Diaries Inspire Stromness Writers

200 years of diaries

200 Years of Diaries (F Grahame)

The Orkney Library and Archive has been exhibiting a wonderful collection of diaries spanning a breadth of 200 years.

In a collaboration with London-based artist Dylan Stone the archivists in Orkney have brought together local diaries as well as this collection of everything from shopping lists and postcards to diary entries.

The Stromness Writers Group have used a selection from the collection to prompt their own creative writing. Out of scraps of information from random diary entries and even a photograph they have brought to life characters and built short stories around them.

Stromness Writing Group

Stromness Writing Group (F Grahame)

On Saturday 8th July they shared their stories with the public. Some of the writers used the same extract producing a different response to the development of the chosen character. The Stromness writers paired up for each reading with one taking the part of the diary writer and one the voice of the created character.

Alongside the almost 500 diaries in the exhibit are contributions from the Orkney community with diaries from their own family archives, as well as items from the Orkney Library and Archive.

Assistant Archivist Lucy Gibbon said:

“We had quite a few local families come forward with material, so we have farm diaries including those of William Tait from the period 1880-1930 – each day he has recorded the weather and notes about how many cart loads of neeps were brought in – so an obsession with weather was quite clearly a feature of past generations of farmers too!”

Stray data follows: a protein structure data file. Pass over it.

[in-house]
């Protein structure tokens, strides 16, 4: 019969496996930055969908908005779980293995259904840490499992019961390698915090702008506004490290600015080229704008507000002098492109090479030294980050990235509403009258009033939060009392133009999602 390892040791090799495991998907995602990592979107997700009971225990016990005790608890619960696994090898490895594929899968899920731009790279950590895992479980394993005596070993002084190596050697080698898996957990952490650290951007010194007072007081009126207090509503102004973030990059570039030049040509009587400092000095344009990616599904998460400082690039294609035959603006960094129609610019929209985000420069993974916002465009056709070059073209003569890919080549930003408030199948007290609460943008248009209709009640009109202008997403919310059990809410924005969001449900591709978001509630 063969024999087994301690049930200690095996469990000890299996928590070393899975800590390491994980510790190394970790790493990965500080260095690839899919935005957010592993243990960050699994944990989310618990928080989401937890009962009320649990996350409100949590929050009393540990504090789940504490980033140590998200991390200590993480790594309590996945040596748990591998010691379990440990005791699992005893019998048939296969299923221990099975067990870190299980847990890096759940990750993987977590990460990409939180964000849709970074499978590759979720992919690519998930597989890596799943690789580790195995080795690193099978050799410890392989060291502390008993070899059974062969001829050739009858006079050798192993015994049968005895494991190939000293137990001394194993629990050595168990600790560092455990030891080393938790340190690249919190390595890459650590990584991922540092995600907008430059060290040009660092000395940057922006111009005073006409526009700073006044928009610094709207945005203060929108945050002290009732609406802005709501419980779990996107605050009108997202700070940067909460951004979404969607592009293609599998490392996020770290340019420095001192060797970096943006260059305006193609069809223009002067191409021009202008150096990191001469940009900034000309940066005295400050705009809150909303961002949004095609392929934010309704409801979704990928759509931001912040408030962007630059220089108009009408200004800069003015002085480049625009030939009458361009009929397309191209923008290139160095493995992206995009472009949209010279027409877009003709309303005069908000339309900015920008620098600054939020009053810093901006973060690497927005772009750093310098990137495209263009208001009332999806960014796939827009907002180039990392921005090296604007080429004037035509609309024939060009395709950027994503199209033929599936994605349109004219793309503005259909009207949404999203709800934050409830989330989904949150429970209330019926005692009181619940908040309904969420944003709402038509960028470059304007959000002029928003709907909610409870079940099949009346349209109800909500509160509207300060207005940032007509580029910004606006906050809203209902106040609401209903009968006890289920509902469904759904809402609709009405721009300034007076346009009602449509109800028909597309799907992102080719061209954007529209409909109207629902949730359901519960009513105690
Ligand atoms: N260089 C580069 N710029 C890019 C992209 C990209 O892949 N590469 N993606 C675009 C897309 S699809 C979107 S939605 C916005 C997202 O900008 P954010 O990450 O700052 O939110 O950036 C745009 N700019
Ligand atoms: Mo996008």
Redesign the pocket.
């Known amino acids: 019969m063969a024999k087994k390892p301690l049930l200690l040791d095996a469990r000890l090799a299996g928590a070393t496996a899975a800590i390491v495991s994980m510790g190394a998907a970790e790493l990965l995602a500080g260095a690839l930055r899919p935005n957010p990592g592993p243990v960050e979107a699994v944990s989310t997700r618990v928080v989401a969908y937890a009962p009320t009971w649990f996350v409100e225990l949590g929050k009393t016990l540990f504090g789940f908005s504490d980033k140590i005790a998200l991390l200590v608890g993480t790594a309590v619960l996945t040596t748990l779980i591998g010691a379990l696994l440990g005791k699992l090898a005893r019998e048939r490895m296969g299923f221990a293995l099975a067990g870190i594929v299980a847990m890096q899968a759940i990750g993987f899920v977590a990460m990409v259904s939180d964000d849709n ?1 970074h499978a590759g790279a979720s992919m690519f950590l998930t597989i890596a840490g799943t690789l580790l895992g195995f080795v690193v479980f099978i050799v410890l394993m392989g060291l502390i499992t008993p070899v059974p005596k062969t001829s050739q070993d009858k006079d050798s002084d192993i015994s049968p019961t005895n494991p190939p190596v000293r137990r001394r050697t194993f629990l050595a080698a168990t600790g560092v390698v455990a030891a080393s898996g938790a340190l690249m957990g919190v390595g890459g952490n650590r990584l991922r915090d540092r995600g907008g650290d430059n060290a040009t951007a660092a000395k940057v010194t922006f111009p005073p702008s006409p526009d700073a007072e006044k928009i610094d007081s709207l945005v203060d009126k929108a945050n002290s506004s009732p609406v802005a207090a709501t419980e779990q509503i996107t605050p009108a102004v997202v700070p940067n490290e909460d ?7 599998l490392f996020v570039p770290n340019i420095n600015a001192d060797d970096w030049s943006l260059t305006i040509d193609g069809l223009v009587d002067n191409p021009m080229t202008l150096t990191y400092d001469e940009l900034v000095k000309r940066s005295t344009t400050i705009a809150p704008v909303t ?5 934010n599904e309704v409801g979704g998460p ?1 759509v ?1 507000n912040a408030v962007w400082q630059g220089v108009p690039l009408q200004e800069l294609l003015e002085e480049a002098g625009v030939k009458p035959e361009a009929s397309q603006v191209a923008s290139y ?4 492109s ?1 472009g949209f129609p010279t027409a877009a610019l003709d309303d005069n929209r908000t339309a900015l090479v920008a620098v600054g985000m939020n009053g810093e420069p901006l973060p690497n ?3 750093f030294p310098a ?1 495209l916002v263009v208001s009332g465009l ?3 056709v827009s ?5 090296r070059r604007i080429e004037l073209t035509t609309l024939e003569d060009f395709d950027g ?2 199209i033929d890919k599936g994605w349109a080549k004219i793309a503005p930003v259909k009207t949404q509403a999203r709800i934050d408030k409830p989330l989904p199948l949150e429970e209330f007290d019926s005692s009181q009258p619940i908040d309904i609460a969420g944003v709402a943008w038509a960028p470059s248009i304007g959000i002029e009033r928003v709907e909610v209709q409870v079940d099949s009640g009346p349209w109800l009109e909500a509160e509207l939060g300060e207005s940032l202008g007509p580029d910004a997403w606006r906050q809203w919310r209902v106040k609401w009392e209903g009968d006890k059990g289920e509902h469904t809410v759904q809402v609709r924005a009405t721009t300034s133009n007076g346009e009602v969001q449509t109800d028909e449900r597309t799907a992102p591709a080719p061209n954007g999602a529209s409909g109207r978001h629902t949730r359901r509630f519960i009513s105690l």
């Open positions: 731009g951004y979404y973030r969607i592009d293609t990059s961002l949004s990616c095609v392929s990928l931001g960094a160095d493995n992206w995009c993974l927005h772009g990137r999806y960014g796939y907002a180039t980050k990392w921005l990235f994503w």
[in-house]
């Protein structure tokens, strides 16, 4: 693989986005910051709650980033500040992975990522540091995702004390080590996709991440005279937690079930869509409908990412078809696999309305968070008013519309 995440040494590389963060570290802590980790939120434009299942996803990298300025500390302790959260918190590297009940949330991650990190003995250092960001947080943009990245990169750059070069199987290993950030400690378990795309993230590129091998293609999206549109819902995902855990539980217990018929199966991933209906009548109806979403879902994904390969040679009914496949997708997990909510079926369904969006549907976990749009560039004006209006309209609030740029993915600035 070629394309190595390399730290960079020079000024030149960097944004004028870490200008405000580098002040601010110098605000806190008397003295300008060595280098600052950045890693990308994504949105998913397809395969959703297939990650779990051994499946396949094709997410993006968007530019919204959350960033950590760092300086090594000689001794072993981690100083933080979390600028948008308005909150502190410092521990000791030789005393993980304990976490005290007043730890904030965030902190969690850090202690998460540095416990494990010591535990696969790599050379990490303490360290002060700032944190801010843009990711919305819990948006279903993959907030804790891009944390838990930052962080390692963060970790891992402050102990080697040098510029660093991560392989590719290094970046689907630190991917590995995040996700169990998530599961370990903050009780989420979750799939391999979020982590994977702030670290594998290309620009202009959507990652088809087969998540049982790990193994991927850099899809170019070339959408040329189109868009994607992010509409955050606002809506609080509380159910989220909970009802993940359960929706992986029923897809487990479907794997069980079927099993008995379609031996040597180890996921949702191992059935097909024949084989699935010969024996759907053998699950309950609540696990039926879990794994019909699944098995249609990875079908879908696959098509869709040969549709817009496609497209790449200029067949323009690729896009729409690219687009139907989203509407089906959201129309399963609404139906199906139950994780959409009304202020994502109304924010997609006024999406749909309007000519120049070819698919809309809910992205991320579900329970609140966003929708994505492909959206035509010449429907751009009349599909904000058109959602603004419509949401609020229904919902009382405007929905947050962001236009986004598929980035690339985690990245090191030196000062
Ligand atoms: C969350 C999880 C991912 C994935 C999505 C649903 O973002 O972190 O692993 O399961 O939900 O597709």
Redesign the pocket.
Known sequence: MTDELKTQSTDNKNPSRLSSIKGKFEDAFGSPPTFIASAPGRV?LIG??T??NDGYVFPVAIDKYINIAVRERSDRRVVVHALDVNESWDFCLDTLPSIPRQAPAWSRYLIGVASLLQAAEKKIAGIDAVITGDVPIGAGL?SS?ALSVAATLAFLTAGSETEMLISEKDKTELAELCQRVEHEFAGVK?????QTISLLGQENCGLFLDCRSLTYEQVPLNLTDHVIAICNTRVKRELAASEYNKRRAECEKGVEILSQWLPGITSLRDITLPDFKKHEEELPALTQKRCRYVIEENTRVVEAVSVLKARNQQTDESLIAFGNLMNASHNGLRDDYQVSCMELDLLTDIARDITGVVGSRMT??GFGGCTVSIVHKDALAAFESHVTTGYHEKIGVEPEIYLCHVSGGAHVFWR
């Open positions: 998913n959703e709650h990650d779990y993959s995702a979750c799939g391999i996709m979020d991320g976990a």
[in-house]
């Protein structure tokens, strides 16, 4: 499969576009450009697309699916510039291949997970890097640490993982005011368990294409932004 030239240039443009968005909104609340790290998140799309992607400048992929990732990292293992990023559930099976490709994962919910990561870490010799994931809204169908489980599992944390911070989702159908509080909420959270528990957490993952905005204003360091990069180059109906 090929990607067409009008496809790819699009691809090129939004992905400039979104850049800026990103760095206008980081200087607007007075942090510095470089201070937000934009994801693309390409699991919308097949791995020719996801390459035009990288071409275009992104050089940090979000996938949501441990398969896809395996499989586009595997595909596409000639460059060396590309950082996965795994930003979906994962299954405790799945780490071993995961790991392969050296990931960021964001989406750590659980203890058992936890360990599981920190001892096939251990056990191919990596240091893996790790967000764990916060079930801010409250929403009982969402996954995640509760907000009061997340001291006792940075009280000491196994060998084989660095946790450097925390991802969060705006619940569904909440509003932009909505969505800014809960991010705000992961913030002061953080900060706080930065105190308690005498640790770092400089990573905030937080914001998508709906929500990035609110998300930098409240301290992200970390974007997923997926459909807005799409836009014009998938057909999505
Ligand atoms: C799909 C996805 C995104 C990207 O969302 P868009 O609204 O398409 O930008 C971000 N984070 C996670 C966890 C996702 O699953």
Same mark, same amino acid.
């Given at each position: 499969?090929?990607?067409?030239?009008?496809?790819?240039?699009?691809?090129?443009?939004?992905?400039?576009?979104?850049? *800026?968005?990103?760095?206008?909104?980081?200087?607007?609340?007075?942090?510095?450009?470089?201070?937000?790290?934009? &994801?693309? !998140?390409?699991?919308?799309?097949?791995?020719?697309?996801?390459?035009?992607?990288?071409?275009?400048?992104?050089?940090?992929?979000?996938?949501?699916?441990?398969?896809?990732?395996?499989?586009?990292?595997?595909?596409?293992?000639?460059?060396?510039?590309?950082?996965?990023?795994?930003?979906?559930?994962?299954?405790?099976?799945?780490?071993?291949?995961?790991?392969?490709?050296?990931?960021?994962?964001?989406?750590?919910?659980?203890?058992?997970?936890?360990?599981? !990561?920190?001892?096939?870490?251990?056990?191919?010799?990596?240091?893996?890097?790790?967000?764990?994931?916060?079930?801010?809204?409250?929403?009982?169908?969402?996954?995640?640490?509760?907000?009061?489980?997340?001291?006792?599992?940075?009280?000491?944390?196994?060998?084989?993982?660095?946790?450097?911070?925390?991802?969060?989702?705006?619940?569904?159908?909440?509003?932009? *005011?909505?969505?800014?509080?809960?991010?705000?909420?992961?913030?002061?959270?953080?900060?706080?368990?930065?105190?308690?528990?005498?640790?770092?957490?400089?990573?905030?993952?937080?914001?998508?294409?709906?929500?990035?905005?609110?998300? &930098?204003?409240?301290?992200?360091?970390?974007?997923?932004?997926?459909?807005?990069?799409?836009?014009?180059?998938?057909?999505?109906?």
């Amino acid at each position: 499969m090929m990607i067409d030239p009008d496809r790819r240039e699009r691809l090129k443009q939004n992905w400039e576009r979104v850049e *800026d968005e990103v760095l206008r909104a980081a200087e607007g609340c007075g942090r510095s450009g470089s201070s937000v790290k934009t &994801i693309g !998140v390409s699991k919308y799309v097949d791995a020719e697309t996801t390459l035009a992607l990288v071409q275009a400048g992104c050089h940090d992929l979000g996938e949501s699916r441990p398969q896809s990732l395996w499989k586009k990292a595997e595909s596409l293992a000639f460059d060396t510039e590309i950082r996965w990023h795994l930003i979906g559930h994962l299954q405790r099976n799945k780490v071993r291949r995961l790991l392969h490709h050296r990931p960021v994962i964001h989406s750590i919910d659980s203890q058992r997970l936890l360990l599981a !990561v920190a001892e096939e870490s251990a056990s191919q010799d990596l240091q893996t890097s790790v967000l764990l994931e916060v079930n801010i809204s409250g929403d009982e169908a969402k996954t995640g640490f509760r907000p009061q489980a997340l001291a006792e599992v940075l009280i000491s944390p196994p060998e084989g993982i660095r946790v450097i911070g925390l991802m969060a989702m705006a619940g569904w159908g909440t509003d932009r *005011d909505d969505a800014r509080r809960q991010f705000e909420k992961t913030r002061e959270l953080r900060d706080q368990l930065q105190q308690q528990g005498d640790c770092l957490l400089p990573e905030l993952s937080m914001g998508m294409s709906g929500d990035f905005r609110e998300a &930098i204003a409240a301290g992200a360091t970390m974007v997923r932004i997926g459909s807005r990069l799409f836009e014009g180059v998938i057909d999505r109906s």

Other items on display from the Archive’s collection include:

  • Several diaries by well-known 19th century Orkney writer Thomas Stewart Traill, documenting his journey round war-torn Europe during the Napoleonic wars.
  • Diaries by local historian Ernest Marwick and filmmaker Margaret Tait.
  • Salvage log books recording the retrieval of WWI German warship Kaiserin in 1985.
  • Intricate estate management records in Orphir from the Halcro Johnston papers.
  • Diaries from the Omand family recording an 1823 trip to Glasgow and an 1860 visit to Orkney.
  • The diary of a Westray man aged 54 recording his first ever train ride in 1993 – in Chicago.

The exhibit includes writings from a boy scout noting everything he hears on the radio during WW2; a farmer seeing a car for the first time; all the films a teenager sees in the 1950s; an elderly woman in New England eating Thanksgiving dinner alone; a Belgian schoolgirl on a trip to Paris in 1906 who sees the headlines announcing the earthquake in San Francisco; the flight schedule of an airline pilot from the 1960s and 1970s; a visit to a sickly relative in 1900 and a musician travelling to concert engagements around Europe in the 1980s.

The Diary exhibition has been extended by a week to 18th of July so if you haven’t been yet it is well worth a visit.

Stromness Writers Group welcomes new members and have a Facebook page

Reporter: Fiona Grahame

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4 replies »

  1. This is something which bothers me about everything being on-line these days. Diaries – who keeps diaries now? on paper, that is – and all that insight and information, can so easily be lost.
    To see what happens if/when t’Internet crashes – read ‘Galapagos’ by Kurt Vonnegut.

  2. Apropos of nothing in particular – my brother was a teacher, and there was a boy in his school called Justin Casey. His parents either had no sense of humour at all, or were naughty people!
    So now, there are certain things which I do for Justin – Justin Casey.
    Always a story!

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